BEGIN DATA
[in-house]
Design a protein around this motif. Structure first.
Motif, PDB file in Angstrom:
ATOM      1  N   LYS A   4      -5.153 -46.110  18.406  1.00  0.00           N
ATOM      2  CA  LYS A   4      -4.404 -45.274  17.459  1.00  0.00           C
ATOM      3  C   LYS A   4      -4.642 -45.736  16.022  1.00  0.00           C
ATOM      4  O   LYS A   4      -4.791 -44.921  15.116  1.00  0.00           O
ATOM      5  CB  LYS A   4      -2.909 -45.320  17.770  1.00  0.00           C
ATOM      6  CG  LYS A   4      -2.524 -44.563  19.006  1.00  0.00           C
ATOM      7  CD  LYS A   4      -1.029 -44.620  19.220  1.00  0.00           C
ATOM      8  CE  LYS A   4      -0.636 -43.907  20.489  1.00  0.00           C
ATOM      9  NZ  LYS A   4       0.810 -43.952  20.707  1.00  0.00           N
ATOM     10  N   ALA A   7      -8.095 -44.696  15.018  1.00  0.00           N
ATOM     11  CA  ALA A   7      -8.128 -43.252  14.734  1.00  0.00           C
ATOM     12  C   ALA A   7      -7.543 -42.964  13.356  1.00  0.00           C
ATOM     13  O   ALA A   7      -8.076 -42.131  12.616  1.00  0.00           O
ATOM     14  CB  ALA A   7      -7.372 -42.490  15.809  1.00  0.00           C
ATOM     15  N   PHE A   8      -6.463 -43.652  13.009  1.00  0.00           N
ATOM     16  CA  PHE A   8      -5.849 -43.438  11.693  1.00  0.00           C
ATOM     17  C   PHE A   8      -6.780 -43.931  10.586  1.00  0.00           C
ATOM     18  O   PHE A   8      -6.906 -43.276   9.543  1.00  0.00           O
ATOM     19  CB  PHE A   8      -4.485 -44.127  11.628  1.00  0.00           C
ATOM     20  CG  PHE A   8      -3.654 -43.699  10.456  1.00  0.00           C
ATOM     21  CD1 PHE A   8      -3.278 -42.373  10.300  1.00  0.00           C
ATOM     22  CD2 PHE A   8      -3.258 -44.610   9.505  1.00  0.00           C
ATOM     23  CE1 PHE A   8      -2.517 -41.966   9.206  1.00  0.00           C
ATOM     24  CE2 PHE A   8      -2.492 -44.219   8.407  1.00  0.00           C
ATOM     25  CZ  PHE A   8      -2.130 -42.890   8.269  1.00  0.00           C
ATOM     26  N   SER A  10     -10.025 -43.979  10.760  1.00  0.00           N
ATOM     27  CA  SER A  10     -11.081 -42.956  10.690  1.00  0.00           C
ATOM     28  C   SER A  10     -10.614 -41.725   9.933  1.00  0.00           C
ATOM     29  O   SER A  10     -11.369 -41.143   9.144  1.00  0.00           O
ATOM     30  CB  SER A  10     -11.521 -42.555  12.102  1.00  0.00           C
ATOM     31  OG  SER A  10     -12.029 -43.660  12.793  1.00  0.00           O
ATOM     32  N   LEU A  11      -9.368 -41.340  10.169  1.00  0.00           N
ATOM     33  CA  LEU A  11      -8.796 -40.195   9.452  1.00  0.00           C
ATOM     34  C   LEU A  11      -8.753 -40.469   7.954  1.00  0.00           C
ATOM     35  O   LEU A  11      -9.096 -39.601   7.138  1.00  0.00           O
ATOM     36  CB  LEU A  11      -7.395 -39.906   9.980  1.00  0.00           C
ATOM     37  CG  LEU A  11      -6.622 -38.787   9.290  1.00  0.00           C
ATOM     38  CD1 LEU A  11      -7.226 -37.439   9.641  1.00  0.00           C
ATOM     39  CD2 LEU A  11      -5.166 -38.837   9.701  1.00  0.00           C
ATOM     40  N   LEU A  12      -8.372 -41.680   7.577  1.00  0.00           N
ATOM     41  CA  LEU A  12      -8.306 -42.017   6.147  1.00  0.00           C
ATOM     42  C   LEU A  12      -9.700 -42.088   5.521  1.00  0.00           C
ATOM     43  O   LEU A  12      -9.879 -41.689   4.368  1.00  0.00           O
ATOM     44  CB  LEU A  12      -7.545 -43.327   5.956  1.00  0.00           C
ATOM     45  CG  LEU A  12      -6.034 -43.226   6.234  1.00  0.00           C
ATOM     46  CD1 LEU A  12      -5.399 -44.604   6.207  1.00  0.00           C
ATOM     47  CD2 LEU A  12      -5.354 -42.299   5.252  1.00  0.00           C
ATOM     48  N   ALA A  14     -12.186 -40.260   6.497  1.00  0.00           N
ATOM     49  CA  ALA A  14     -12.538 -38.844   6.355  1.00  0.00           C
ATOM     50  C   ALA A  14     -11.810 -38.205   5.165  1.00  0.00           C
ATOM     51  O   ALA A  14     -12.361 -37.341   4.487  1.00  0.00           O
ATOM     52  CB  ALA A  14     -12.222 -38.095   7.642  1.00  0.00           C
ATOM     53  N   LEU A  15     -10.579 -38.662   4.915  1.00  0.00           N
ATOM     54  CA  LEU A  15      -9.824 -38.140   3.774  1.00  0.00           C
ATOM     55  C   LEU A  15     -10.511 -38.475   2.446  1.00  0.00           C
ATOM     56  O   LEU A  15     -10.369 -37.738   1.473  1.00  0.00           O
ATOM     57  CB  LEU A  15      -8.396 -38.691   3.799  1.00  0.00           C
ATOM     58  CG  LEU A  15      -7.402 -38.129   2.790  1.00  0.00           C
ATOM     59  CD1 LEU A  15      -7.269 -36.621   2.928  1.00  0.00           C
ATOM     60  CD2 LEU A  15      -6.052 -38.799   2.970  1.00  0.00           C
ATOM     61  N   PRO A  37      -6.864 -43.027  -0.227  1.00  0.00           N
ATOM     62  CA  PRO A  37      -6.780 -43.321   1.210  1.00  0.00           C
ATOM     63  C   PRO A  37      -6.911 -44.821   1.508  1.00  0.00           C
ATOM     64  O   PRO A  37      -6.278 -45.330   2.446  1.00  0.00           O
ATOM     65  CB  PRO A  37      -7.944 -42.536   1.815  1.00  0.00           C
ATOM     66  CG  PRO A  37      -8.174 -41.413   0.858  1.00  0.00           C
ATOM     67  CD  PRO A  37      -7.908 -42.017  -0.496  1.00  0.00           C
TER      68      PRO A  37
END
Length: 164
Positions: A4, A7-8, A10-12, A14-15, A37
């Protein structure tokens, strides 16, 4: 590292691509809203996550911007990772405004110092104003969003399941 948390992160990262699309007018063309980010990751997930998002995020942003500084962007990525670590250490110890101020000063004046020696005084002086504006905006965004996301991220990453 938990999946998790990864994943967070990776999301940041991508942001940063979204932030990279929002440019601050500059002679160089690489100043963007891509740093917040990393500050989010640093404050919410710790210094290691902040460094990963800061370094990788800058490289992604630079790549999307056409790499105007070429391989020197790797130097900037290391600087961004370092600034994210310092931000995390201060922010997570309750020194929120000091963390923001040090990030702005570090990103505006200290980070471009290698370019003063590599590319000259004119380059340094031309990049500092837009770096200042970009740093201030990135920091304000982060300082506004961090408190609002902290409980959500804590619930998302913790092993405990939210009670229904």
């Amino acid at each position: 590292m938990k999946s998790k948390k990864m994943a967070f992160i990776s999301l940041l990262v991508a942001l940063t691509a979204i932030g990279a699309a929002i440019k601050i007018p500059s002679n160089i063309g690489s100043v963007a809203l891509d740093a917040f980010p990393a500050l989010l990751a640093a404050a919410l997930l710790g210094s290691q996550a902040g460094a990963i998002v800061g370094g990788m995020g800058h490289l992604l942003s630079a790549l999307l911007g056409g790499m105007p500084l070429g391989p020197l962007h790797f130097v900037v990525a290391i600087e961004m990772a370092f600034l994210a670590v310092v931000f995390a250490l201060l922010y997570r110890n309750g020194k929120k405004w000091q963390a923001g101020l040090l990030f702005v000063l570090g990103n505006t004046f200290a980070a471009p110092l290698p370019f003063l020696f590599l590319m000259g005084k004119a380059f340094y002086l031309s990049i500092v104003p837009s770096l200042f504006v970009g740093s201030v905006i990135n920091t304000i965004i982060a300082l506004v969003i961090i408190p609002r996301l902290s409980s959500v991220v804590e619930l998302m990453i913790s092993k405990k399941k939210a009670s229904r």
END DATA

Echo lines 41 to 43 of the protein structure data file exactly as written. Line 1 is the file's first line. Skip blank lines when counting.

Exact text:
ATOM     38  CD1 LEU A  11      -7.226 -37.439   9.641  1.00  0.00           C
ATOM     39  CD2 LEU A  11      -5.166 -38.837   9.701  1.00  0.00           C
ATOM     40  N   LEU A  12      -8.372 -41.680   7.577  1.00  0.00           N